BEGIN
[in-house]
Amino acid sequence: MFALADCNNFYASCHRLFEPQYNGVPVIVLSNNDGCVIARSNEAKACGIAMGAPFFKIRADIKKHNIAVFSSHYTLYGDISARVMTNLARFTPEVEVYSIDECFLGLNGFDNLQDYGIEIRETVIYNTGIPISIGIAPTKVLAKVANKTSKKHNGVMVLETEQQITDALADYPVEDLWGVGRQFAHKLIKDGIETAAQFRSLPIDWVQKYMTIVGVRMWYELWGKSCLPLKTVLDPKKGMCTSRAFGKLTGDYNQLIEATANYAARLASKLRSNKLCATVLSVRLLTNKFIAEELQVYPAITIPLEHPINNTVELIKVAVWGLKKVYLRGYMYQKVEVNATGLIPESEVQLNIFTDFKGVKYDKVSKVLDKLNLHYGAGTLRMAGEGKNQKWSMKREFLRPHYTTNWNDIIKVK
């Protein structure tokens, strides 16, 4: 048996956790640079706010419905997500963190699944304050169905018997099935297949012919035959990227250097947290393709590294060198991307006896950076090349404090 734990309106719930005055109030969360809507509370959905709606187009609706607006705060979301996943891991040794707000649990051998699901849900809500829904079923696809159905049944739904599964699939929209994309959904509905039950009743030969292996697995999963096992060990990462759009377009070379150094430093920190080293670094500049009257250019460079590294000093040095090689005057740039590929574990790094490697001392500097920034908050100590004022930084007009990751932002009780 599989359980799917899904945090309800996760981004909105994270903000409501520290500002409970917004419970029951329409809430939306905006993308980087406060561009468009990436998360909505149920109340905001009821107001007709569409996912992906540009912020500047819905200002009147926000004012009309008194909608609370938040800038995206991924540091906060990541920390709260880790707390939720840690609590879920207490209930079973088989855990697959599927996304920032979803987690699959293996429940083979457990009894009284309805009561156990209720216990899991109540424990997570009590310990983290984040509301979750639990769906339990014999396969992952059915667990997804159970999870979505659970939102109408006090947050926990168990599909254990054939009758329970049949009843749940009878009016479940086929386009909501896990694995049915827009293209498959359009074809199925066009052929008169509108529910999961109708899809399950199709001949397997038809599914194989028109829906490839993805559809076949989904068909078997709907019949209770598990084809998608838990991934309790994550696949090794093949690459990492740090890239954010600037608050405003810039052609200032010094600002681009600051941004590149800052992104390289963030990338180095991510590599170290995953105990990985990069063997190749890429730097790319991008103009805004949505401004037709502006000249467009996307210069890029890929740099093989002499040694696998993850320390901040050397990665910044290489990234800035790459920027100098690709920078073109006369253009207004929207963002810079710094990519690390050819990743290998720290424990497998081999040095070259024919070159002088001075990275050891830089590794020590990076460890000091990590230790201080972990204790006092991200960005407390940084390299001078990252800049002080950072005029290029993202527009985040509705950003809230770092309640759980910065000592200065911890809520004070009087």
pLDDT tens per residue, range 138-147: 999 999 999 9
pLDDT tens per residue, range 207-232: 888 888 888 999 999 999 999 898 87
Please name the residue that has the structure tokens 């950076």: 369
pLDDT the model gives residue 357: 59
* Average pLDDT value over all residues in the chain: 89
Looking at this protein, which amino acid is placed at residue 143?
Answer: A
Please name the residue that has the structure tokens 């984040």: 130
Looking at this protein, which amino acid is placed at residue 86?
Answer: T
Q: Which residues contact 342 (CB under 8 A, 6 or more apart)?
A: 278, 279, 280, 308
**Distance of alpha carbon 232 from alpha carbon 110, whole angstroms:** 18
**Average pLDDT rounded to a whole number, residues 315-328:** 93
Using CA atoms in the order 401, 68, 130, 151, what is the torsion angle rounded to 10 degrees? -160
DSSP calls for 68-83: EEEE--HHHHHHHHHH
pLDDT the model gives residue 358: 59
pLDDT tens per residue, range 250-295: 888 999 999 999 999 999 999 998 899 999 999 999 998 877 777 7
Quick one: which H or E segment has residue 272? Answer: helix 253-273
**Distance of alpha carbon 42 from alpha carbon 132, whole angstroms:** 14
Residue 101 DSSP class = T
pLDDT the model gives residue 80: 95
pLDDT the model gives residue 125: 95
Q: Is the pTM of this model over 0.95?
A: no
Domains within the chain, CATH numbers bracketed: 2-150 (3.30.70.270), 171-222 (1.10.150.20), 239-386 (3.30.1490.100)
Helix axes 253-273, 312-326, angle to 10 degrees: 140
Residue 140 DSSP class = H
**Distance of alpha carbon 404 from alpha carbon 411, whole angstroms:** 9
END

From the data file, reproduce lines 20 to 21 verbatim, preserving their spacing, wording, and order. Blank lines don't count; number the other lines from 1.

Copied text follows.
pLDDT the model gives residue 358: 59
pLDDT tens per residue, range 250-295: 888 999 999 999 999 999 999 998 899 999 999 999 998 877 777 7